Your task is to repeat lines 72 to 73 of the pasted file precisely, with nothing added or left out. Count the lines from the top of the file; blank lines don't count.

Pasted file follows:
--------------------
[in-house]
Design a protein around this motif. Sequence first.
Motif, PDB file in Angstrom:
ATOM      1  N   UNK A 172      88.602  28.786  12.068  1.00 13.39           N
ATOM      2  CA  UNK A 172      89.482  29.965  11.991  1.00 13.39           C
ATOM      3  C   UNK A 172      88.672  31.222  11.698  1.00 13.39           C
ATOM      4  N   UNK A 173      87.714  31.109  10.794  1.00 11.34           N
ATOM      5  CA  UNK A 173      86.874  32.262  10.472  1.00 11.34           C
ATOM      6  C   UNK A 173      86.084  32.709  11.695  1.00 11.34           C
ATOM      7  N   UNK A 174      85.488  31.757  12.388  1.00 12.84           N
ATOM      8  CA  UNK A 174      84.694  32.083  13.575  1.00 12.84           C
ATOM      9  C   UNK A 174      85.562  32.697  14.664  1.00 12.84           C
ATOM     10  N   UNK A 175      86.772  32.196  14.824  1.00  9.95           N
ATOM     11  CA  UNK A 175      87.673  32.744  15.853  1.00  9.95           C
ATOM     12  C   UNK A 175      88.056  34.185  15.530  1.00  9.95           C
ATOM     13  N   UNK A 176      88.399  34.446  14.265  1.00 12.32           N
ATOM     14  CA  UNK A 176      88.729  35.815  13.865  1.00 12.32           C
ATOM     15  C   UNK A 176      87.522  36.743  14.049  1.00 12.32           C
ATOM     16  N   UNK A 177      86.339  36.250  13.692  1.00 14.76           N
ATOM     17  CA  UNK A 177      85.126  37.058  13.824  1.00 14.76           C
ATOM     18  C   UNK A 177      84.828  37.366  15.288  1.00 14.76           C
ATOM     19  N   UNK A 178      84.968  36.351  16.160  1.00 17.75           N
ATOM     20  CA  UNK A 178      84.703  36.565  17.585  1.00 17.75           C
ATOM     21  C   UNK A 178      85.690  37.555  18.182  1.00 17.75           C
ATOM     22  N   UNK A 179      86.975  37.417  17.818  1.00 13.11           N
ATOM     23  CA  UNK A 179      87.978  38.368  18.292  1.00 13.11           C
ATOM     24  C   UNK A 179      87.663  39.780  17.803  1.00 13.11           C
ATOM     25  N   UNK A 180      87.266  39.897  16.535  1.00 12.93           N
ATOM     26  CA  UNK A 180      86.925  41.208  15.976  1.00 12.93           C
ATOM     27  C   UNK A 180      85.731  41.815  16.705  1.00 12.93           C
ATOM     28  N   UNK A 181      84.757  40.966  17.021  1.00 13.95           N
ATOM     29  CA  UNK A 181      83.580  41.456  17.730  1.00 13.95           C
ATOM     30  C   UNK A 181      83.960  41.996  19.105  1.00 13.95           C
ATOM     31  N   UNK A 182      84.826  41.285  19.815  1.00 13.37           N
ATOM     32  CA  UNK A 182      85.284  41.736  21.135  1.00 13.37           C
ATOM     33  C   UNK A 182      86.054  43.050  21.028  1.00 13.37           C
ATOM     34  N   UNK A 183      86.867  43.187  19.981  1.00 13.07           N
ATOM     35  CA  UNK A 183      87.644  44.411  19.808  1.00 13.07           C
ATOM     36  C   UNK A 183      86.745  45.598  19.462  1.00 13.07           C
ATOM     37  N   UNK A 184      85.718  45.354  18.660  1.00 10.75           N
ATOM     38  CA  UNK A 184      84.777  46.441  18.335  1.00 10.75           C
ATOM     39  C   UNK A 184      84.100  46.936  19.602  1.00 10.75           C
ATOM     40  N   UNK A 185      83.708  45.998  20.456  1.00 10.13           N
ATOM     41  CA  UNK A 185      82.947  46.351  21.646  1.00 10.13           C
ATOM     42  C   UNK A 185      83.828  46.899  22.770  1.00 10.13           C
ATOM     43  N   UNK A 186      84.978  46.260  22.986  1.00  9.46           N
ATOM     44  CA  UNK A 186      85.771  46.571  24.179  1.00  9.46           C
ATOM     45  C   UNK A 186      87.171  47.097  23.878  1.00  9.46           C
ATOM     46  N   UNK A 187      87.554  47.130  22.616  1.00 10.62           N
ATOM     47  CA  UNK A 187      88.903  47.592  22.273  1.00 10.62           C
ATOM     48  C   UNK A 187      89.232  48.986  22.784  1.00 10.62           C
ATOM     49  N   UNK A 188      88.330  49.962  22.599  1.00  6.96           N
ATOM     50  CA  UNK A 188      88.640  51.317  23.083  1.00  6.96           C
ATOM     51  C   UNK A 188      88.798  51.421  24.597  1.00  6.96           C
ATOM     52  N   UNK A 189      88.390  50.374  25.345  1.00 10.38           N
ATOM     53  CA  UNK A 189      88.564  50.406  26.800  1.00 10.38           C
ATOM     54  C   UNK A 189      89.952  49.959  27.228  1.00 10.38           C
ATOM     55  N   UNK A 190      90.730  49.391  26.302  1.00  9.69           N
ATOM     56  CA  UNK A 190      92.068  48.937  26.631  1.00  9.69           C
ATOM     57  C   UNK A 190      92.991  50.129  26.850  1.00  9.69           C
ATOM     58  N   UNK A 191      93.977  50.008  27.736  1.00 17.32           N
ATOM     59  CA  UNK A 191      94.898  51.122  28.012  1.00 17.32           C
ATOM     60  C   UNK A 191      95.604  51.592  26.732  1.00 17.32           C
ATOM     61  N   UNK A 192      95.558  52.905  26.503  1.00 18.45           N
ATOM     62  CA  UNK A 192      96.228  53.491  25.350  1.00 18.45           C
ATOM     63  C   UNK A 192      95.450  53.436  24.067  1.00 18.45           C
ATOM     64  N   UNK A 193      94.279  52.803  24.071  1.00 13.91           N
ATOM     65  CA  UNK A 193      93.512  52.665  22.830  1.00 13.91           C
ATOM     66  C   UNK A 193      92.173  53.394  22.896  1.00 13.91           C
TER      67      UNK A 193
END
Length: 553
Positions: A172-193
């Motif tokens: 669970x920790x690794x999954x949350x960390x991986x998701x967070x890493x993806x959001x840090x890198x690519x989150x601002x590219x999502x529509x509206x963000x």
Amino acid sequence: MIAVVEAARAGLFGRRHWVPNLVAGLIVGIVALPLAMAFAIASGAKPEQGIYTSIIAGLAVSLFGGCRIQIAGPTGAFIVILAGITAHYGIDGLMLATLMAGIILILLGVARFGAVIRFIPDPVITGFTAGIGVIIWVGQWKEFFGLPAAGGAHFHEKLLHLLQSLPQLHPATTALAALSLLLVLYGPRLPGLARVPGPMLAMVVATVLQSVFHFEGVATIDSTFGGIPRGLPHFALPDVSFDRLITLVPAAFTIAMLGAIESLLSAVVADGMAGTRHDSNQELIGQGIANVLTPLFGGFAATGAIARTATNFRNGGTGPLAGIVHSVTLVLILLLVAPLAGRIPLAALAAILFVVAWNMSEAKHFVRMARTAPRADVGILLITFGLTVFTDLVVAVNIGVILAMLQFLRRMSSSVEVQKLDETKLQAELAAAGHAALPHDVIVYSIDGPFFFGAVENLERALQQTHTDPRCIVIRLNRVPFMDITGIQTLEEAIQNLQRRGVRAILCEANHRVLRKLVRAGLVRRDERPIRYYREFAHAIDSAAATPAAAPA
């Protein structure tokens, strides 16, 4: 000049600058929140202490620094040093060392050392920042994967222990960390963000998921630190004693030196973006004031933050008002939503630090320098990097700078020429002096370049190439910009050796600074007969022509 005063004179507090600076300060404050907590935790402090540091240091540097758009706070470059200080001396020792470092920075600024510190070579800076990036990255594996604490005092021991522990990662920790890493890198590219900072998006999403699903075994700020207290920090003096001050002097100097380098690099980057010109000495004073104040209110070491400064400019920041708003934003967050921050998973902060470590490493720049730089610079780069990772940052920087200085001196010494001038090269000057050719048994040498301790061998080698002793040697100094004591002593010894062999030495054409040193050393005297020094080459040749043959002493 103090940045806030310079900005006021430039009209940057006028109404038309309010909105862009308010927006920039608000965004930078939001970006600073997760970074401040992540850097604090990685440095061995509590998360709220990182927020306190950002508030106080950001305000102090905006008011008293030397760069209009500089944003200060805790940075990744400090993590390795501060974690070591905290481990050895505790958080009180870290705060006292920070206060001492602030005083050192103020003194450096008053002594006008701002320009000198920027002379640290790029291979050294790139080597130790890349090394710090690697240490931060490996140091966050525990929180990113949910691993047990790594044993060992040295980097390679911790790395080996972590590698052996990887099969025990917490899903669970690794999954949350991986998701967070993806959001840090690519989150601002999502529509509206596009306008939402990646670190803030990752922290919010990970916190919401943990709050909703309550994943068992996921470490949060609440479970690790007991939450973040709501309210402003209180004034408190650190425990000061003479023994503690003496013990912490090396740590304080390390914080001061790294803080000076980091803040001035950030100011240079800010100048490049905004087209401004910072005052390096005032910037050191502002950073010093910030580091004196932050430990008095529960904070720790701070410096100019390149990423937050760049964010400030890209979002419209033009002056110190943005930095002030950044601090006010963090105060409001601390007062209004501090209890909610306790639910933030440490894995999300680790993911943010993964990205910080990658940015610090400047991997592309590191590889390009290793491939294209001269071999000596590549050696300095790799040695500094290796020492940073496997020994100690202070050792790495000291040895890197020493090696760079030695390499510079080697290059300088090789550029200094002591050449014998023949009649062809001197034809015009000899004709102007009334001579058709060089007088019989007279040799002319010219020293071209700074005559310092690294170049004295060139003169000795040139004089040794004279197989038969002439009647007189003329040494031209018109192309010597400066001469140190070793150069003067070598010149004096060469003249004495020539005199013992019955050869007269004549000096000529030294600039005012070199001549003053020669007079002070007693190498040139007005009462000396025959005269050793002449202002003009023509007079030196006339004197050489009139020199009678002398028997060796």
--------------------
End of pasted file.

Length: 553
Positions: A172-193